Eastside Brewery was created in 1907, when a veteran Bavarian brewer named George Zobelein purchased the Los Angeles Brewing Company and began introducing his own recipes. The recipes were a hit, and made in traditional Bavarian styles, much as the brewery building itself, a quaint structure placed on 20 acres of land on the east side of the Los Angeles River. The brewery was also known for some of the best employer-employee relations of the time. Workers were offered paid lunch breaks (a rarity for the day) and paid vacation (up to 8 weeks after 20 years of work). But perhaps most loved were the 7 minute free beer breaks every hour. Yes, beer was free and unlimited for employees, and they could take it home for a 50% discount. The particularly Bavarian nature of the enterprise continued when the rubber shortage of WWII took most cars out of service. Zobelein’s solution, bring out his giant Belgian Draft Horses to pull his beer around town. Known for a wide range of traditional Bavarian beer styles favored by working men in LA, the Post War Boom wasn’t particularly kind to Eastside. With mounting competition from national brewers Eastside sold out to Pabst in 1948. Though the Eastside Old Tap was revived and sold at the Dodger’s opening day some 20 years later, the revival was short lived.

9.) Monarch Brewing Company

Chicago has never been known as the haven for breweries that neighboring Milwaukee is. That’s not to say that it wasn’t a sizable industry, but the number of breweries in Chicago peaked before 1900, and the few that lasted for any length of time mostly closed during prohibition. Monarch Brewing Company was the longest lasting brewery in the history of Chicago until its demise, formed in 1890 as the Joseph Hladovec Brewing Company. Monarch Brewery made their mark by vastly undercutting the strong Chicago Brewers Association of the time. Where the Brewers Association had set the price of beer at $8.00 a barrel, Monarch was willing to sell theirs for $4.00. As the late 1800’s turned into a recession, and the Spanish-American war caused the imposition of a $1.00 per barrel tax, however, breweries were folding in scores. While Monarch eked through by consolidating with a number of other brewers (a partnership that also ended in bankruptcy), they popped out of the post prohibition era as still one of hundreds of breweries competing for space in Chicago’s market. While Monarch tried different marketing tactics through the 50’s including sponsoring a cop show on the radio and giving away fishing lures to customers who mailed in the backs of bottles, it’s main appeal was that it was cheap, particularly their Bullfrog Beer. From reminiscences online, Bullfrog was lacking taste, but could be bought for one dollar for 6 quarts (that’s about 18 beers per dollar!).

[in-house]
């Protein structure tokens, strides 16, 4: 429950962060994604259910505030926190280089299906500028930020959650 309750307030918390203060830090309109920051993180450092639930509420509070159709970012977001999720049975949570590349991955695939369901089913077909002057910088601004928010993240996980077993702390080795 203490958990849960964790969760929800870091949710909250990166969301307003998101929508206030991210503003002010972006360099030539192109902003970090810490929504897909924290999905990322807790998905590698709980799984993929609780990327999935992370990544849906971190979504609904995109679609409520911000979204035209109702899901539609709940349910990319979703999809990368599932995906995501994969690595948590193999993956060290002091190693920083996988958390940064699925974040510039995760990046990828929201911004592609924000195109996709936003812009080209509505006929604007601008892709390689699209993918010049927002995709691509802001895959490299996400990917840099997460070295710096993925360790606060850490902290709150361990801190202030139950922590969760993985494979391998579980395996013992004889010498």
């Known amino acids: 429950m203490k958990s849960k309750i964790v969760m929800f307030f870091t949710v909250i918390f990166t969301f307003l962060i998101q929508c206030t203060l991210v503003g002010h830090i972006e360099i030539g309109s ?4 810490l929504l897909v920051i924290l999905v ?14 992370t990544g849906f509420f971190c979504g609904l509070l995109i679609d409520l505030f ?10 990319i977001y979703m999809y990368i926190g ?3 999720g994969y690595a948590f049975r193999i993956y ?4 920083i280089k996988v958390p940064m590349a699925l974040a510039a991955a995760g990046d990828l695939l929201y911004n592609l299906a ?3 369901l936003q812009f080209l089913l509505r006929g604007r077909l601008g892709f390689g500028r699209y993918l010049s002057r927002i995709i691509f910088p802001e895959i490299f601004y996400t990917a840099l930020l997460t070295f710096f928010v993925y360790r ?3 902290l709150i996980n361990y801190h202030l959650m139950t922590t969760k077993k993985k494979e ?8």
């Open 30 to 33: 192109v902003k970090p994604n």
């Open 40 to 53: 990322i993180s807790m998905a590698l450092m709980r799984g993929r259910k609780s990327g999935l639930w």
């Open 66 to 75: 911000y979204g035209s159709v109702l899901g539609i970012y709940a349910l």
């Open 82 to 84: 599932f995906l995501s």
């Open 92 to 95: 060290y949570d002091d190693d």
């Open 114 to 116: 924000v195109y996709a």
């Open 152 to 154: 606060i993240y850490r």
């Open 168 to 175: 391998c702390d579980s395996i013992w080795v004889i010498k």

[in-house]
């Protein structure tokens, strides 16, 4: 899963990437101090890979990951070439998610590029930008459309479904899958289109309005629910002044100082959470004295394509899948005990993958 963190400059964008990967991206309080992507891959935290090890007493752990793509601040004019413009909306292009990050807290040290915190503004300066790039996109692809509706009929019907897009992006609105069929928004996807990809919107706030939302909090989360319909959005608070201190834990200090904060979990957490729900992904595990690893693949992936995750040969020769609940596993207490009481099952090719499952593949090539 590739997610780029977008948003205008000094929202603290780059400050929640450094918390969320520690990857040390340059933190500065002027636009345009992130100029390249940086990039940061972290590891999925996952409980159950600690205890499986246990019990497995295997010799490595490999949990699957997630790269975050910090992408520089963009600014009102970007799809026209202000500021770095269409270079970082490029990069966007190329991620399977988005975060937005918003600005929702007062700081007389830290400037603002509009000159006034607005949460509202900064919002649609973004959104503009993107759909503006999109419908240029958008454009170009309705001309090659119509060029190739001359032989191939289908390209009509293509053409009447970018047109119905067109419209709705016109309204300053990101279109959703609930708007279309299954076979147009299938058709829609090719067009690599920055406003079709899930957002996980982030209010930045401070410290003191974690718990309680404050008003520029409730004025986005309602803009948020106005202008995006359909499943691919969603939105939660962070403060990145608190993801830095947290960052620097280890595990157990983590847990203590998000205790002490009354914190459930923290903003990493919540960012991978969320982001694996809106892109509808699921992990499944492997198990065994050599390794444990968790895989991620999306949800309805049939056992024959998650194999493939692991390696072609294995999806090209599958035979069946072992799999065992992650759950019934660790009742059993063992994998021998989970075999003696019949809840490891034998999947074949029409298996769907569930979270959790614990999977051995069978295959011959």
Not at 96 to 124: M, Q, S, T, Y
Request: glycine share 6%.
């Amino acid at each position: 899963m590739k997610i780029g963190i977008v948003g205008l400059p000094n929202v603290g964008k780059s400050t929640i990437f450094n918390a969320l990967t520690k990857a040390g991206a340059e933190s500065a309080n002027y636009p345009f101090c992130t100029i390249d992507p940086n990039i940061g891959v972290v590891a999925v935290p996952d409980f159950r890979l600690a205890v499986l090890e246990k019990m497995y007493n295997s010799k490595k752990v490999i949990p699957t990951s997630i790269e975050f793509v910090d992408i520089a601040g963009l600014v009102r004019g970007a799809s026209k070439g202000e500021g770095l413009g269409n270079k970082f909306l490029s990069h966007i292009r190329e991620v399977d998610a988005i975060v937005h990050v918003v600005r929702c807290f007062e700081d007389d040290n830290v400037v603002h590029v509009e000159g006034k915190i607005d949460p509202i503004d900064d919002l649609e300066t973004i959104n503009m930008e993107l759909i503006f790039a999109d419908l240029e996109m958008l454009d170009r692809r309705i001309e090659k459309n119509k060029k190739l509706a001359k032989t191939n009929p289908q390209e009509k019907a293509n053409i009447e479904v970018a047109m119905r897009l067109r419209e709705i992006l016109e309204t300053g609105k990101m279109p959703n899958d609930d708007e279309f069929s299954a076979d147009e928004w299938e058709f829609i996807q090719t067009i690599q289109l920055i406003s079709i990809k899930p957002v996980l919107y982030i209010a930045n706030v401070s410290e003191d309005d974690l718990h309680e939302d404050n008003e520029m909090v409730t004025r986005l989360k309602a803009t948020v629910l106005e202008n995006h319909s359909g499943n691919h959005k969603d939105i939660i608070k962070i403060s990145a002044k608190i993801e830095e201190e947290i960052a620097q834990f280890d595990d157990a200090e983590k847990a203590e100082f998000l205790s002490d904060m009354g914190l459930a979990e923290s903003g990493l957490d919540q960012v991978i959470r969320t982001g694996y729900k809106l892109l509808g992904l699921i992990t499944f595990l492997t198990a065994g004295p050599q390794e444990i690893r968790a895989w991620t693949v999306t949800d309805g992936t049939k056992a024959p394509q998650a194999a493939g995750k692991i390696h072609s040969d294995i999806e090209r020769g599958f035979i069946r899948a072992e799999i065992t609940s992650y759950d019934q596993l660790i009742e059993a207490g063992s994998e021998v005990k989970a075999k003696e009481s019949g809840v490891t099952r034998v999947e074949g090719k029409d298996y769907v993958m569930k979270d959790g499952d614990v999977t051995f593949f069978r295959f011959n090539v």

10.) Old Style

Old Style (or it’s precursor Golden Leaf) was originally created in 1872 by recent German Immigrant Gottlieb Heileman. Started in La Crosse, WI, the brewery is greatly associated with Chicago and the great lakes region, where you can continue to find the beer today. The business was family owned from the start, leading to a number of unique arrangements, including one of the earliest female CEOs in history, as well as a 9 year old boy who inherited the business. Unlike many of the beers on our list, the G. Heileman Brewing Company (as the brewing company was still called after its creator) managed to acquire a number of other brands through the 60’s, 70’s, and 80’s. Throughout the 50’s the brand was so popular through the upper midwest and great lakes regions that it was the sponsor of the Chicago Cubs. Though finally bought out by Pabst in the later part of the 20th century, the beer is still produced and loved by many, and even still uses the same mascot, King Gambrinus (a legendary German king said to be the patron saint of beer).